Skip to comments.New life for an old Civil War sentinel
Posted on 06/16/2007 8:42:56 PM PDT by Coleus
Bill Styple and time have a peculiar relationship. He lives in the present, writes about the past and wants to save both the present and the past for the future of his town. "I just want to preserve for our children a little of what I and my parents had in the past," says Styple, 46, who, with others from Kearny, is about to give the Hudson County town, its residents and its children a gift: A statue of a Civil War soldier.
A replica of a statue that, for nearly 50 years until 1933, stood mute guard before the old New Jersey Home for Disabled Soldiers, a place in Kearny that once housed more than 200 men maimed in the Civil War. The home, statue and, especially, the aging vets, were long part of Kearny lore. "I grew up listening to my parents and grandparents talking about seeing the soldiers, about the ceremonies there," says Styple.
After the last old soldier faded away, the place closed, the zinc statue was taken down, and its bronze platform melted to serve yet another war. The monument, already vandalized and beaten by weather, was taken to a National Guard armory in West Orange where, to prevent further vandalism, was laid across the top of a corrugated metal shed. "That's where we found it," says Styple, the Kearny town historian, a Civil War historian, and president of the group that raised more than $30,000 to have the bronze replica recast from the old statue and built at the Johnson Atelier in Mercerville, the workshop founded by sculptor J. Seward Johnson of the family that owned Johnson and Johnson Pharmaceuticals.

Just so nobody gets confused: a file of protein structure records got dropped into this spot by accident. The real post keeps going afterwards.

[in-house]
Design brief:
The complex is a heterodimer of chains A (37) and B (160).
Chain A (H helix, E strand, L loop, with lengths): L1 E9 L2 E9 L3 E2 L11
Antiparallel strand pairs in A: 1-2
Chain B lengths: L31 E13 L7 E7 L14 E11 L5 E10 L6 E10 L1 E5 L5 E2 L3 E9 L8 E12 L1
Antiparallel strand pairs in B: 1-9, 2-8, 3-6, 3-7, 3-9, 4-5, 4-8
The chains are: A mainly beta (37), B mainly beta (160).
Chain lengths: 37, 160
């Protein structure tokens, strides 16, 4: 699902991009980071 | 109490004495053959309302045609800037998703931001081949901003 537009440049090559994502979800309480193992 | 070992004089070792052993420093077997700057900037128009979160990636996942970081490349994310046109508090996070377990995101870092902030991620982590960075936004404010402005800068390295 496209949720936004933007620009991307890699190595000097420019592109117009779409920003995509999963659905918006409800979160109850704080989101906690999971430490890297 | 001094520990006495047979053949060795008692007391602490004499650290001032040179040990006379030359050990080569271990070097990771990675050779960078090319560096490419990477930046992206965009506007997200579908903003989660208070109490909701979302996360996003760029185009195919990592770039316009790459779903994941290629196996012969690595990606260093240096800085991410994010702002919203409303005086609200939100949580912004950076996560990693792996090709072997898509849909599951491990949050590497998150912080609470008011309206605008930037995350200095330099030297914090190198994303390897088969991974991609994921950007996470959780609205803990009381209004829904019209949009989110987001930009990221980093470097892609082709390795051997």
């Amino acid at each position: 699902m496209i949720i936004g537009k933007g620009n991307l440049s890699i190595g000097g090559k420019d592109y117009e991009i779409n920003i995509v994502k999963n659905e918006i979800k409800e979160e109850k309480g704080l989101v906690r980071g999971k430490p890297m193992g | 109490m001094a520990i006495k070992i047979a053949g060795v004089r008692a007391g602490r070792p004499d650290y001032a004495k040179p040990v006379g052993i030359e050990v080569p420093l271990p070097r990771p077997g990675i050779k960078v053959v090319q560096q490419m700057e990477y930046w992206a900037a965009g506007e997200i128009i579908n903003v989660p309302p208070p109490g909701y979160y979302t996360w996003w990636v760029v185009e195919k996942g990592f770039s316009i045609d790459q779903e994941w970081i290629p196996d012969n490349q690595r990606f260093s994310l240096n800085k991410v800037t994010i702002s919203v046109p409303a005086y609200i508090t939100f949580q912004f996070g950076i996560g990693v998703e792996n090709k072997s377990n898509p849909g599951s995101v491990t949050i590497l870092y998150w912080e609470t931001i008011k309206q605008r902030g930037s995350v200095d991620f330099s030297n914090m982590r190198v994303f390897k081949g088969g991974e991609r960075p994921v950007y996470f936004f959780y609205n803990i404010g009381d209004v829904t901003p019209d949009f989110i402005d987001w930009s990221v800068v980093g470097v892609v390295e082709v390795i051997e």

(Excerpt) Read more at nj.com ...
It is well to remember those who gave their all.
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